The blockchain gaming race is heating up, and one Hong Kong-based multinational is angling for pole position.

Animoca Brands announced earlier this week that it’s joined forces with the “world’s most popular annual sporting series,” Formula 1. The licensing agreement grants Animoca Brands the rights to develop and publish the official blockchain game of the worldwide leader in motorsports: F1 Delta Time.

For our U.S. readers who may be unfamiliar with the racing spectacle that is Formula 1, it’s like NASCAR, but for Europeans—and basically the rest of the world. F1 enjoys a cumulative global viewership of more than 1.7 billion loyal fans across 200 countries, according to Liberty Media, the company that acquired F1 in 2016.

Formula 1 races are longer, the cars are slicker, and the drivers go much faster. And when these hot-rodders avoid spiraling through the air or erupting in a fiery inferno to reach the finish line first, they’re rewarded with a bottle of champagne—and not some dumb glass of milk—like an adult.


It’s an adrenaline-pumping good time. What could be better? Wrap it all up and put it on the blockchain!

“F1 Delta Time will be for fans of Formula 1, blockchain enthusiasts, and traditional game players,” says Yat Siu, co-founder and chairman of Animoca Brands.

How will it manage that?

NFTs, baby.


F1 Delta Time will make it possible to own your very own digital version of Niki Lauda or Mario Andretti—or, you know, whoever’s really good at driving really fast these days.

The first phase of the game, launching May 10, will feature collectible non-fungible tokens (NFTs) of F1 drivers and cars, says Siu. F1 aficionados will even be able to collect individual pieces and components of each car, such as tires and front wings, and custom helmets and suits for each driver—each item represented as an ERC-721 token.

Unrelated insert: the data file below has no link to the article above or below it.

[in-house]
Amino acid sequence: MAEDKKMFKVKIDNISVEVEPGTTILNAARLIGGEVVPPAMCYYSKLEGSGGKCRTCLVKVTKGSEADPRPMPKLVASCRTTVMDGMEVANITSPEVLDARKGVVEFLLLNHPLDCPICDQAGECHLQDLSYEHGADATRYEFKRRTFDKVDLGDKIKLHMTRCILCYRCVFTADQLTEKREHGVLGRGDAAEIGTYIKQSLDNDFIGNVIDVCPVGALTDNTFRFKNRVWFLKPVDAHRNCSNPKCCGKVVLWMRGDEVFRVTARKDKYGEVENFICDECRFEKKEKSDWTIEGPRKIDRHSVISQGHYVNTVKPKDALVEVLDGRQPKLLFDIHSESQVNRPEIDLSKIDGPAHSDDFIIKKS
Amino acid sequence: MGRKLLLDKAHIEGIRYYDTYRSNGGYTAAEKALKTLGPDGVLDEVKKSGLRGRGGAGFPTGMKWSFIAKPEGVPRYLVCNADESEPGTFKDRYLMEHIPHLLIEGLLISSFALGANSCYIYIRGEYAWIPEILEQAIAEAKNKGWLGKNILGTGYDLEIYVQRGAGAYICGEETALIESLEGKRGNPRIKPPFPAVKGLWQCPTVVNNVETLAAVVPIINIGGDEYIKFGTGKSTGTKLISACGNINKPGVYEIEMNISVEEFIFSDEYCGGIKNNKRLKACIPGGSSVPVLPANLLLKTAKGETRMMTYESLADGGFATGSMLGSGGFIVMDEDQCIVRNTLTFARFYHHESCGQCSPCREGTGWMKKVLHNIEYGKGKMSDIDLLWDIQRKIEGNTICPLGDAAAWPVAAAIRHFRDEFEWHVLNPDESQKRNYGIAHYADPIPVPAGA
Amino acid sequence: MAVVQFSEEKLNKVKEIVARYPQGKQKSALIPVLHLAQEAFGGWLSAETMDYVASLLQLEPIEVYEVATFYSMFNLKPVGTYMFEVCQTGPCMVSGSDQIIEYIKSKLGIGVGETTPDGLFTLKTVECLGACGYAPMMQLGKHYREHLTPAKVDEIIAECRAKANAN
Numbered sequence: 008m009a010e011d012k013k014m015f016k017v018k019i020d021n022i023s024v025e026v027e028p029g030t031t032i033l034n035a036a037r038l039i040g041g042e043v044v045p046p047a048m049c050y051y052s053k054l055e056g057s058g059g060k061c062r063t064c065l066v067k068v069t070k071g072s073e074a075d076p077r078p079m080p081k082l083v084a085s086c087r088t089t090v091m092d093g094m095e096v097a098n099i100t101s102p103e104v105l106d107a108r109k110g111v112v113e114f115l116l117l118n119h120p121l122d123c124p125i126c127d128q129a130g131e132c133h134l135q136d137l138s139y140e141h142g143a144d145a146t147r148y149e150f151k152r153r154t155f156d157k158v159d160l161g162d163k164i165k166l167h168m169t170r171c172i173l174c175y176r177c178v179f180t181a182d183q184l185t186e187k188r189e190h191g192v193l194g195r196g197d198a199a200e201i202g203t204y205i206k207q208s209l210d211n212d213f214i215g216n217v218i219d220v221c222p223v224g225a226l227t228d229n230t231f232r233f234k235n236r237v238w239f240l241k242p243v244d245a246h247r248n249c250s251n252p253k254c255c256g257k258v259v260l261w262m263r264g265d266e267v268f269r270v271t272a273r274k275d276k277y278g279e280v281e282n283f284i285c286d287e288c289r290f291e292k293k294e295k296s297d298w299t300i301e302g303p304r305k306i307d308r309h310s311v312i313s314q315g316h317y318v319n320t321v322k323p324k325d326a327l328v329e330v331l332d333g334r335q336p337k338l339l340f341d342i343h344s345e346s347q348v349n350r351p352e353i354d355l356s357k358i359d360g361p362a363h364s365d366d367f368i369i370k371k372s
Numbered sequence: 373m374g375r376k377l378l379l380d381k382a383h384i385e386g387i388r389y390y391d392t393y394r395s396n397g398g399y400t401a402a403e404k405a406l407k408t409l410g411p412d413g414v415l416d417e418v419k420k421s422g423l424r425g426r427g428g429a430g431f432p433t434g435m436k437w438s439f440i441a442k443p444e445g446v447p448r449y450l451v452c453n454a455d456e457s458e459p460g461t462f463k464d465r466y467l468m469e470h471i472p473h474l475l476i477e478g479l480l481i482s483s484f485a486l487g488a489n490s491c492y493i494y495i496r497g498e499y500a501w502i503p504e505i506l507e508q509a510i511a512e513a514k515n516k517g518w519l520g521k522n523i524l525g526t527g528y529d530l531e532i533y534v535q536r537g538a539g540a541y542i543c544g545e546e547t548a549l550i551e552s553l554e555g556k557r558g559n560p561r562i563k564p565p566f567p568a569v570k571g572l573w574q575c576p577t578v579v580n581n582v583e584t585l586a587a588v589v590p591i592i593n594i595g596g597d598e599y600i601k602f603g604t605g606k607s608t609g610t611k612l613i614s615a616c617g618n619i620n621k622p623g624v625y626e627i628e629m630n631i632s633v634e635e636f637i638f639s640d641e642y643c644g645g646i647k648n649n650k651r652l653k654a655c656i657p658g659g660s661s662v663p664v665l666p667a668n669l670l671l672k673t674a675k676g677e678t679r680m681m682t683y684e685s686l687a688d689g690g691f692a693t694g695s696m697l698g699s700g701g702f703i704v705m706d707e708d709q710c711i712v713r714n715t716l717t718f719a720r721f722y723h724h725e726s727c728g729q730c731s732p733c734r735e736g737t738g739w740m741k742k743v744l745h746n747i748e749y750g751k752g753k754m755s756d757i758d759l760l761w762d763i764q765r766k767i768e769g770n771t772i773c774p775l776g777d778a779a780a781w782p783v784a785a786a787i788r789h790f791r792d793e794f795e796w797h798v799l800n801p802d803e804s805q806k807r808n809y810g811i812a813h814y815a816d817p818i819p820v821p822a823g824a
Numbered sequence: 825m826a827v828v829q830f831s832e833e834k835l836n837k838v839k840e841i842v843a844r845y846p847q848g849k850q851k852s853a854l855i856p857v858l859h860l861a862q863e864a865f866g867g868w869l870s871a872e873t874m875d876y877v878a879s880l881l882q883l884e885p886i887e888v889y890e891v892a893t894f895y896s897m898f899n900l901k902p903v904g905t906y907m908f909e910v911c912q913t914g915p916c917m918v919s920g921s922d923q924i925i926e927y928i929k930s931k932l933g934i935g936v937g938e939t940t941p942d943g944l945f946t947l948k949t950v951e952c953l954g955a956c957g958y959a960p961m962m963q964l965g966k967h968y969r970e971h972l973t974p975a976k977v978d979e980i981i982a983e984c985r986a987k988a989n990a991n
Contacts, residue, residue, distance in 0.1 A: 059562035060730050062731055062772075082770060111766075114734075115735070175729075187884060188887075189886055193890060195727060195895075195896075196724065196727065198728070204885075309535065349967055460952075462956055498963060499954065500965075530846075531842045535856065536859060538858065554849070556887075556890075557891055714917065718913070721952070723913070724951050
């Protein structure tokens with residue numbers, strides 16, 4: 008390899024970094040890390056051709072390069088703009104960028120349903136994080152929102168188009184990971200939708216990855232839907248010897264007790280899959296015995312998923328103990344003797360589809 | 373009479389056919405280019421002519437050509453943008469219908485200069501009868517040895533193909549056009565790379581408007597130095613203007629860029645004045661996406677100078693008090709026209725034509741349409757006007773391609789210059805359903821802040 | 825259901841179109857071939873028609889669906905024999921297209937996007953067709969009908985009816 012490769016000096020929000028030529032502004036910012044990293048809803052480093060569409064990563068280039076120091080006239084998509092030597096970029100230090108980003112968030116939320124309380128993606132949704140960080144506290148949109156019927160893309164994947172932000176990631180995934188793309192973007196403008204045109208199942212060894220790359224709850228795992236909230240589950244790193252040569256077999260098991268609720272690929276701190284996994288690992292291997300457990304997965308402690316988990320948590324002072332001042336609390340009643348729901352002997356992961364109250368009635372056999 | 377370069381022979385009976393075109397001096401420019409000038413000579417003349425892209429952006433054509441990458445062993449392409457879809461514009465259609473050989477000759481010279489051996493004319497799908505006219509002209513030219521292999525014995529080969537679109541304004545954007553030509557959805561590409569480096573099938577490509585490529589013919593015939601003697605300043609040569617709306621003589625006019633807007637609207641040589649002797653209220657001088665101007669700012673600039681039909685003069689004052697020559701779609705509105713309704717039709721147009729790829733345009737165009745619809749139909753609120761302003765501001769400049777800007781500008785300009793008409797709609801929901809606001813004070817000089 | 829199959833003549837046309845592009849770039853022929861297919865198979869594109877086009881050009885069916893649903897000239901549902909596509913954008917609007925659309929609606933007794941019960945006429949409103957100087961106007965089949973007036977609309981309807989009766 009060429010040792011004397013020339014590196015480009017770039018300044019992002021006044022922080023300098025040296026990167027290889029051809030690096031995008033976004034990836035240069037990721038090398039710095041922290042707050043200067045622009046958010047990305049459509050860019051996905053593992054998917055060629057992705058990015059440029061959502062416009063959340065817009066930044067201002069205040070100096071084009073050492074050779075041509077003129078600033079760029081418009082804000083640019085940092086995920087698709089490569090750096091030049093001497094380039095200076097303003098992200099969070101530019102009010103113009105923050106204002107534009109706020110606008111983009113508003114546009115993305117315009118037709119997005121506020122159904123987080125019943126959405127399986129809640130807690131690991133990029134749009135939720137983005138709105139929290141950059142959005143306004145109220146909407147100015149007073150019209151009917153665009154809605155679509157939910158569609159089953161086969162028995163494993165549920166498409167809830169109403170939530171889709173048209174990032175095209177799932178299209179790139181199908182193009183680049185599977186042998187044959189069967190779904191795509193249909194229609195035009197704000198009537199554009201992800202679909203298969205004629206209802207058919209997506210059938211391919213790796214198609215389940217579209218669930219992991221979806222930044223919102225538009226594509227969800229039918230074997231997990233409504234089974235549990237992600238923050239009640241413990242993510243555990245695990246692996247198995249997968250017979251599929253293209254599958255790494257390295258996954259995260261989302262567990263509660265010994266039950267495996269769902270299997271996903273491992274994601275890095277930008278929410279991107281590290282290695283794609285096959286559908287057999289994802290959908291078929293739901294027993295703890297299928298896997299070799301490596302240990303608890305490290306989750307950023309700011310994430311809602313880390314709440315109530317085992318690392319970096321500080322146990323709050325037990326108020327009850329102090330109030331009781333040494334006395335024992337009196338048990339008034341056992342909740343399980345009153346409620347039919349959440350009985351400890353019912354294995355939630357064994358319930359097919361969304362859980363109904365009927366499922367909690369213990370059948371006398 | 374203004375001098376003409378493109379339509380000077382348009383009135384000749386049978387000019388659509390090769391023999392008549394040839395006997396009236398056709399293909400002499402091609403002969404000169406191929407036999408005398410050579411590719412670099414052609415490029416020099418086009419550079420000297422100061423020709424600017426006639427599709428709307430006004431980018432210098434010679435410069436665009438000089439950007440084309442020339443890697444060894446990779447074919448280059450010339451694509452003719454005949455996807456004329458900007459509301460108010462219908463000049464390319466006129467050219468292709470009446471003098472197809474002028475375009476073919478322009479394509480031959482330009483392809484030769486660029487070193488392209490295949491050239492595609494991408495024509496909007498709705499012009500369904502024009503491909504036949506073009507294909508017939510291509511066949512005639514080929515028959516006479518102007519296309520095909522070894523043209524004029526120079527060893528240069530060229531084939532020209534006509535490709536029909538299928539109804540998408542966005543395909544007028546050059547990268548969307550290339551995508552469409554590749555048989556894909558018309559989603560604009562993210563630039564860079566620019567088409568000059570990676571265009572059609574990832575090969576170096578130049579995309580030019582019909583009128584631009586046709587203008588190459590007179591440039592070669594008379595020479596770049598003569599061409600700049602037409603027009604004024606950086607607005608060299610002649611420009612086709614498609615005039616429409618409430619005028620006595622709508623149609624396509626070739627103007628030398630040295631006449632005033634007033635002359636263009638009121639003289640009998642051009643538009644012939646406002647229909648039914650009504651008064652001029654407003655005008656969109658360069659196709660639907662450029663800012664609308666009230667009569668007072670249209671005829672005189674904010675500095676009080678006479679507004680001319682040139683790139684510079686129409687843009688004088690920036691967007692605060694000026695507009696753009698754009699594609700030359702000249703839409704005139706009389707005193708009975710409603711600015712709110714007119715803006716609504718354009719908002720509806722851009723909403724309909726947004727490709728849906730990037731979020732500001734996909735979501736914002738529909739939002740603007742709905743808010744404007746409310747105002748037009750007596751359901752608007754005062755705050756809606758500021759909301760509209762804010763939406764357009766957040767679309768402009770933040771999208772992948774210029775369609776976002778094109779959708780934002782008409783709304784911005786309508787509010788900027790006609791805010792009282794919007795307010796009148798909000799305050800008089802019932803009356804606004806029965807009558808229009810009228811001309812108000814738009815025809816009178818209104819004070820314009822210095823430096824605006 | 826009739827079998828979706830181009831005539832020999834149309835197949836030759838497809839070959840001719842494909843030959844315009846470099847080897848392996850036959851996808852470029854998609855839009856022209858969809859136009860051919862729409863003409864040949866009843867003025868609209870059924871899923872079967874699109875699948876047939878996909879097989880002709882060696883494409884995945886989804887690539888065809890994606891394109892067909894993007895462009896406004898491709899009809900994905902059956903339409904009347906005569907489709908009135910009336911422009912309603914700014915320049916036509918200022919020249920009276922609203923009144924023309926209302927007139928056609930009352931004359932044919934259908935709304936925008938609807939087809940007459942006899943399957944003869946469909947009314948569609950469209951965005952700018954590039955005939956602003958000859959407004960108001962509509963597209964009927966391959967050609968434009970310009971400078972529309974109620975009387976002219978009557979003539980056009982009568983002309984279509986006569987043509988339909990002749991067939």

The blockchain tech enables players to truly own their digital assets, meaning they are free to buy, trade, gift, or cash them out whenever they choose—which has historically been very difficult to do on traditional gaming platforms, outside of black markets.

The second phase of the game will come later, says Siu, and will feature traditional racing gameplay. “It will be skill-based, and require real-time input, but remain accessible to a wide audience,” he says.

The game will also incorporate an Ethereum-based, ERC-20 token as in-game currency, and Siu says the game’s multiplayer experience may also ultimately have results recorded and verified on-chain “to limit the impact of cheating or quitting mid-race.” That said, blockchain tech will still only be used sparingly when it comes to the actual gameplay: “We will avoid using blockchain at any point where it could negatively impact user experience,” Animoca Brands’ chairman confirms.

Animoca Brands is no stranger to blockchain gaming has been actively seeking out projects to widen the nascent industry’s mainstream reach. Last December, the company signed a deal with classic game maker Atari to produce a blockchain version of the smash hit mobile game RollerCoaster Tycoon—and, potentially, bring nostalgic titles of old, like Tetris and Pac-Man, over to cryptoland as well.

Siu says Animoca Brands continues to work closely with Atari and will have more to say on its development in the near future, adding that the shift to blockchain technology for the gaming industry as a whole is, in his view, inevitable.

“We see blockchain gaming as the vehicle that will bring true digital ownership to the masses. Whether that ownership is for a magic sword, a football player, or a collectible cat, what’s important is that blockchain gaming will give an unprecedented number of people genuine ownership and control of their digital assets,” he says.


This is particularly important for “freemium” games, says Siu, as true ownership, scarcity, and provenance of digital assets are likely to “drive transactions and conversion rates up,” which is what these game makers are chasing, after all.

Still, blockchain gaming is a very new industry and still “very much developing,” he says. If it doesn’t pick up the pace within the next two to three years, says Siu, then it might just “take a gaming titan to advance it.”

Start your engines.

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